Another technology that breathed new life into VM was the arrival of John Hartmann's CMS Pipelines. A tremendous amount of community interest was generated and new applications started being developed and shared. When it appeared IBM was freezing the addition of new features to the official product, the community enabled the distribution of a “Runtime Library Edition.”
OpenEdition was a brave, important addition. The fact that it didn’t become a true UNIX-like environment for doing new application development is less important than the recognition of the importance of open standards and support for such concepts. In reality, several future enhancements were facilitated by the OpenEdition environment. Distributed Computing Environment (DCE), on the other hand, was a technology that promised much but just didn’t catch on.
Rising From the Ashes: 1999 to Today
By 1999, VM was like Oliver Twist, being marched around to various divisions within IBM to see who would take it on. All that was missing were the cries of “Boy for Sale.” One wag even suggested the community hold a bake sale to help fund VM development.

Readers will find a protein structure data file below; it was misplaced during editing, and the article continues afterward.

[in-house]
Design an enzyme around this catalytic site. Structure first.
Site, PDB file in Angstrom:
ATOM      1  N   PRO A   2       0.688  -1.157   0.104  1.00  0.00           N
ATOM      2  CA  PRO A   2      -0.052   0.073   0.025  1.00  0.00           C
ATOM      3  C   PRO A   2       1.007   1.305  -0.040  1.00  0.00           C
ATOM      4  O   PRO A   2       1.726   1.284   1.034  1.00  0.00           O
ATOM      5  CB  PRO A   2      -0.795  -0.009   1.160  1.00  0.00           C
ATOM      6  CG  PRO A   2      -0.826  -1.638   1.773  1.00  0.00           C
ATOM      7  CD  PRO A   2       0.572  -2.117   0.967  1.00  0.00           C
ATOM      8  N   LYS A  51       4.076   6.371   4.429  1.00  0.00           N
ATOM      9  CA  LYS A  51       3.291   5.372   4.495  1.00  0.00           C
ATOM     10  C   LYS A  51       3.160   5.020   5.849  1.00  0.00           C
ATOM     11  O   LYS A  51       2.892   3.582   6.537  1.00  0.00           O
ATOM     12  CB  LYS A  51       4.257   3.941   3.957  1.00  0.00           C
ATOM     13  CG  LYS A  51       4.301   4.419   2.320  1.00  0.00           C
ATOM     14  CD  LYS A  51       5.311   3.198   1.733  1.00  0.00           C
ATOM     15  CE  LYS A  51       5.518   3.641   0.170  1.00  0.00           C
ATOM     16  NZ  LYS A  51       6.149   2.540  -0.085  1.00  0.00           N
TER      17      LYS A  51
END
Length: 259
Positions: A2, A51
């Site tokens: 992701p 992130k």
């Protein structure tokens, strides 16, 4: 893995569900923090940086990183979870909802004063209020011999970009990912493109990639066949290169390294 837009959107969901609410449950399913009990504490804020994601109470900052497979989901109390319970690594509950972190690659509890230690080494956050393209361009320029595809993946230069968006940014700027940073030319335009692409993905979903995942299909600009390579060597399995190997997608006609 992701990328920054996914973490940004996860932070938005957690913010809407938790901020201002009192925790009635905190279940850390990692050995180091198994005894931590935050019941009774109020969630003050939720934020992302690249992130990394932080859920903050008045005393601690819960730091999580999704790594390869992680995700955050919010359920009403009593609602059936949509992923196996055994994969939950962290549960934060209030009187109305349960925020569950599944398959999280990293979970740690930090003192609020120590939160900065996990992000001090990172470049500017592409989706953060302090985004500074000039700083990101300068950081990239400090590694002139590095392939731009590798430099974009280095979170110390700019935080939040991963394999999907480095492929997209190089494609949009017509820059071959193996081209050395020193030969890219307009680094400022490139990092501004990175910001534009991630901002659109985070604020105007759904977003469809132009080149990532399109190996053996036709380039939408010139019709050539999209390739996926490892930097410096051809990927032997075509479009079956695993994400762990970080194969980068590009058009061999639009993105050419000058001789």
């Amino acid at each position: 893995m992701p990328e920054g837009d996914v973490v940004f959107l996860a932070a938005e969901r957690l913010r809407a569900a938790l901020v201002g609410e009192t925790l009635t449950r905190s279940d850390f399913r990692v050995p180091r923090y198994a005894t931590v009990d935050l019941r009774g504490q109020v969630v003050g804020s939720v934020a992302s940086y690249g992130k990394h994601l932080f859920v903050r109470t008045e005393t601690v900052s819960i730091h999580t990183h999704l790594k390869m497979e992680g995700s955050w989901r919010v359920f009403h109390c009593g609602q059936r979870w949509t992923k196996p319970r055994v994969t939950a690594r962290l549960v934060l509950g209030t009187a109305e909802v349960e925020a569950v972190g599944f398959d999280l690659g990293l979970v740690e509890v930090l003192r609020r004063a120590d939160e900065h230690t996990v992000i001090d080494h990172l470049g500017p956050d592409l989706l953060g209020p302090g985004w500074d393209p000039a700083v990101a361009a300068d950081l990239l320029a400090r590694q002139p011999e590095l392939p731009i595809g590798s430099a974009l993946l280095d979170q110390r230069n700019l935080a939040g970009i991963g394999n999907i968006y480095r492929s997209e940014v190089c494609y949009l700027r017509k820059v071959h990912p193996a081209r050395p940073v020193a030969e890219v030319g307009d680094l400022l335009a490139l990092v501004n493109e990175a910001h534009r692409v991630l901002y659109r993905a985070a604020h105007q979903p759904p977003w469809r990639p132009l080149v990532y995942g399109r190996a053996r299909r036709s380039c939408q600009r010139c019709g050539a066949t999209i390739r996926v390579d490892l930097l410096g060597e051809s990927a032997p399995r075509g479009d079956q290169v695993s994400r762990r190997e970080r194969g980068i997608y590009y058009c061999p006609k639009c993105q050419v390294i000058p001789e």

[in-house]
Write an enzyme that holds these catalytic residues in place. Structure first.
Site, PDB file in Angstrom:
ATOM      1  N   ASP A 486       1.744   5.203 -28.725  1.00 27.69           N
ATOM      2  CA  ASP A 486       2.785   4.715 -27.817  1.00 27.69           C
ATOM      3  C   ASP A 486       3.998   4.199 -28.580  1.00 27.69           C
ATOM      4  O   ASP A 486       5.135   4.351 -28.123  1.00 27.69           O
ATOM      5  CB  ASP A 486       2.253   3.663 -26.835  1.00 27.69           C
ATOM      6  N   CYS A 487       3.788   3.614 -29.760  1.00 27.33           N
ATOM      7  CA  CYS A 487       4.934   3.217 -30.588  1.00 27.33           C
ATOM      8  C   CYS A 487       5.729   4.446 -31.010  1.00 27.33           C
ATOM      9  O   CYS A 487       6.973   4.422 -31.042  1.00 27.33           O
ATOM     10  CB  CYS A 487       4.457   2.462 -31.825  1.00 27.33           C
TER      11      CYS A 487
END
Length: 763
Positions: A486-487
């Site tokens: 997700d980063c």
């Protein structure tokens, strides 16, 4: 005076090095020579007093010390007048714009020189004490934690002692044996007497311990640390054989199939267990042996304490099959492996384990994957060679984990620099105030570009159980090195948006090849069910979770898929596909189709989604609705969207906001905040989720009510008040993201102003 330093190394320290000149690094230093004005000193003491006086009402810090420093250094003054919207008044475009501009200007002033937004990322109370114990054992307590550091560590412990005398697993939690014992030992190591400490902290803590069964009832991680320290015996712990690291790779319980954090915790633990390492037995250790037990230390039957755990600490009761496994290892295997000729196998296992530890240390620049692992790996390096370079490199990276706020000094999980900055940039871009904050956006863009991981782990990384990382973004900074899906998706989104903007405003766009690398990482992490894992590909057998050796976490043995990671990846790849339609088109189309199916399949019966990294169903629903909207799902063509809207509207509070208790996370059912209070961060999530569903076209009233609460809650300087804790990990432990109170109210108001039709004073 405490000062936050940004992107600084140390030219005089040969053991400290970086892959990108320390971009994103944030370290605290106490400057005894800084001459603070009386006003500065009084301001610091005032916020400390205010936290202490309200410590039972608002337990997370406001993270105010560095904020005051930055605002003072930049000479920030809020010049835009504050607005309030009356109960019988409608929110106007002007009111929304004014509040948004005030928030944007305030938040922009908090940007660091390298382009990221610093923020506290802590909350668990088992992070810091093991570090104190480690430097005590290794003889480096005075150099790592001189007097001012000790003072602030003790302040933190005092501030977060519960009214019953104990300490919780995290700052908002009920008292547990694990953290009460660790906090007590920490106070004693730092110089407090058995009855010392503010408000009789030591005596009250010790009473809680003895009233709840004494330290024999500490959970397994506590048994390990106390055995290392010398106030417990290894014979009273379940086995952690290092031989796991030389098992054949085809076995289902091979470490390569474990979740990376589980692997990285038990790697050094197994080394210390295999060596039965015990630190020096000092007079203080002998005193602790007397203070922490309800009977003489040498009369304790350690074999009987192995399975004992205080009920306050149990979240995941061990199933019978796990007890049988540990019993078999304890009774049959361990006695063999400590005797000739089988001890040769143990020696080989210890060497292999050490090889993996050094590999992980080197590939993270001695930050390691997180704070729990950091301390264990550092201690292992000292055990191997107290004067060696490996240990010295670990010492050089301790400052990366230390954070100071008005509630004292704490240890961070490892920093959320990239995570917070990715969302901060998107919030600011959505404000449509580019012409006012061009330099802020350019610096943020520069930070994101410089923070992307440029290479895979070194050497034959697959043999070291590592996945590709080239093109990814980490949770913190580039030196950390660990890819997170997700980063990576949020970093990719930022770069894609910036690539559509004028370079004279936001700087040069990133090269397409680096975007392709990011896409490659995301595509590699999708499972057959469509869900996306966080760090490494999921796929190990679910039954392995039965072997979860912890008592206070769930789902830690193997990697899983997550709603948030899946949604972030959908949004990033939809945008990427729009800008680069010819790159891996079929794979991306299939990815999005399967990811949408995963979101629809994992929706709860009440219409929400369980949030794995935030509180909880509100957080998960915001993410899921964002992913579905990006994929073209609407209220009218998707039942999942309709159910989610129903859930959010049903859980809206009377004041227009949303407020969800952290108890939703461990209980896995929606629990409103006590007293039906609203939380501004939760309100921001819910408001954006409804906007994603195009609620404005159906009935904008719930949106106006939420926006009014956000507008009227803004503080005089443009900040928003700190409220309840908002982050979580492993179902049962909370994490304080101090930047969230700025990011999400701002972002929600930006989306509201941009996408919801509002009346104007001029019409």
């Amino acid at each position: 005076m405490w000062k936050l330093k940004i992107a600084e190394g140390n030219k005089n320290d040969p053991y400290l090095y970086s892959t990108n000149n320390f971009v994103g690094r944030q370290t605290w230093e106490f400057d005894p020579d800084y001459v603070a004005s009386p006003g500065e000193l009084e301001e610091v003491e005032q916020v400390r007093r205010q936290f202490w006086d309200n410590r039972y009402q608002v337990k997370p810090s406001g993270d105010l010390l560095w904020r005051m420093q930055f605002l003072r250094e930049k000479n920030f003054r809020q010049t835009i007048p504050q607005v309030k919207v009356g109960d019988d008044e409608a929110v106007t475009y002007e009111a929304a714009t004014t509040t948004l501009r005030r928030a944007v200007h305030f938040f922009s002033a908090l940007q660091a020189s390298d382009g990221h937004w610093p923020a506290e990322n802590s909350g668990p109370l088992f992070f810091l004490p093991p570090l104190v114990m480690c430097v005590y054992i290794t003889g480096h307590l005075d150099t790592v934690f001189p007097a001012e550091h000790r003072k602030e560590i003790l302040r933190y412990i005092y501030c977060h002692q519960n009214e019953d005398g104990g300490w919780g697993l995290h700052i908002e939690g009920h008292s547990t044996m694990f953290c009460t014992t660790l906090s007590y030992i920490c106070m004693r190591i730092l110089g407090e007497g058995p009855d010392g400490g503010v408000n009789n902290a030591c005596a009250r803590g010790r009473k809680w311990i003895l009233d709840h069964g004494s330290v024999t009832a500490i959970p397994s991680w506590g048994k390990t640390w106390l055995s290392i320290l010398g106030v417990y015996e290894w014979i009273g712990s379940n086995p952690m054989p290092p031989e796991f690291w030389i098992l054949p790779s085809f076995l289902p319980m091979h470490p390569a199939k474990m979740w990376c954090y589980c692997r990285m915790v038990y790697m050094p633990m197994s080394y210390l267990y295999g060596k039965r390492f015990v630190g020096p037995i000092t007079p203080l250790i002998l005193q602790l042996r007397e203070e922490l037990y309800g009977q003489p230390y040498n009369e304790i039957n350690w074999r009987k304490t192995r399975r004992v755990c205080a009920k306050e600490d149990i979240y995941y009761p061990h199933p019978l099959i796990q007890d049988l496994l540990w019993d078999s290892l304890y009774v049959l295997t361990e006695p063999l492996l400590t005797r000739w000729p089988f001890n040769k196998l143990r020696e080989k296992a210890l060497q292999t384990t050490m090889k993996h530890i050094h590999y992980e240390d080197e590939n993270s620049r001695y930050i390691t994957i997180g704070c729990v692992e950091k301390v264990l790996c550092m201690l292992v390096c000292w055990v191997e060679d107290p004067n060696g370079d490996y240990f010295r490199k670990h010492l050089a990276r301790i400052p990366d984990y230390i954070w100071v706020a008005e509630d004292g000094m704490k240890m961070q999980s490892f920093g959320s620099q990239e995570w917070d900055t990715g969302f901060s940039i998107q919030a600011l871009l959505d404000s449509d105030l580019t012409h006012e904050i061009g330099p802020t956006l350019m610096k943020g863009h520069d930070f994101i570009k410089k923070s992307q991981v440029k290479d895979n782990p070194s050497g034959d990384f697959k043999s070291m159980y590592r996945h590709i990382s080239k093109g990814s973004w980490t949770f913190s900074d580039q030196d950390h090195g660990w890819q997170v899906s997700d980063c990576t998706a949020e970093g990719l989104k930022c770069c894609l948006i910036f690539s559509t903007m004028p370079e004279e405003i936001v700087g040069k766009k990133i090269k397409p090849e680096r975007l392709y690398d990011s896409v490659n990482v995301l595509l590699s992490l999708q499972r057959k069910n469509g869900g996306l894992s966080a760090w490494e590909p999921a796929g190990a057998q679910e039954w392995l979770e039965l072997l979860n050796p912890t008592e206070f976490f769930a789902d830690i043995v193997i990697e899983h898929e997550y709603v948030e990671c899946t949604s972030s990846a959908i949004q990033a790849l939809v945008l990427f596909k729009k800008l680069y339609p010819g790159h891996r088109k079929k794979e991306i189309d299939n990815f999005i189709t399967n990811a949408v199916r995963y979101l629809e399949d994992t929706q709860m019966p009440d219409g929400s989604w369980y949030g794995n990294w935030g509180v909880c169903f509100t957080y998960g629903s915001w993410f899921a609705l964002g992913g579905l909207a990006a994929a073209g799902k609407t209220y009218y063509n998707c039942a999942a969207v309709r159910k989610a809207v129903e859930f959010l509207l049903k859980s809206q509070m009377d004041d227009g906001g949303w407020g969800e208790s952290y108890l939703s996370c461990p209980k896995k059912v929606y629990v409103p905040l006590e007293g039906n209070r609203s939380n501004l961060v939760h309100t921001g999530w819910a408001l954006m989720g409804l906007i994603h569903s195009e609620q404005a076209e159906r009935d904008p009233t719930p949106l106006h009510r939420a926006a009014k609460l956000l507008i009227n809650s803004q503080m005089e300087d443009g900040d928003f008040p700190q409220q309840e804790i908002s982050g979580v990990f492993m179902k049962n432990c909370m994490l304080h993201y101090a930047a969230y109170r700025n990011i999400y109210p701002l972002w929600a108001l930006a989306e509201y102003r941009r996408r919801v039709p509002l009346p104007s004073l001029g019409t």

Web-enablement of VM helped keep the wolves from the door—thanks to the folks at The European Organization for Nuclear Research (CERN), Rick Troth’s Web server (courtesy of CMS Pipelines), and to Carl Forde, Jonathan Scott, and Perry Ruiter for the Charlotte Web browser.
However, “it’s always darkest before the dawn” is a cliché that proved true. Salvation was just around the corner. Primarily this came from the now famous skunkworks project within IBM Germany to bring Linux to the mainframe (see Figure 5). For anyone who saw behind the curtain during this time, it was no easy sell to make this happen. Stories of last-minute code drops to beat the IBM legal team have become legend even if they may be apocryphal.
How times have changed. More than 12 years later, it’s hard to find anyone at IBM who claims not to have supported this endeavor. To a lesser extent, the Bigfoot project run by folks outside IBM attempting a parallel port of Linux to System/390 was able to keep this possibility in the public space and, hopefully, increase support within IBM (see Figure 6). It was certainly an exciting, uncertain time for the VM community.
There’s no way to overstate the importance of Linux to the VM community (and beyond). Consider these points: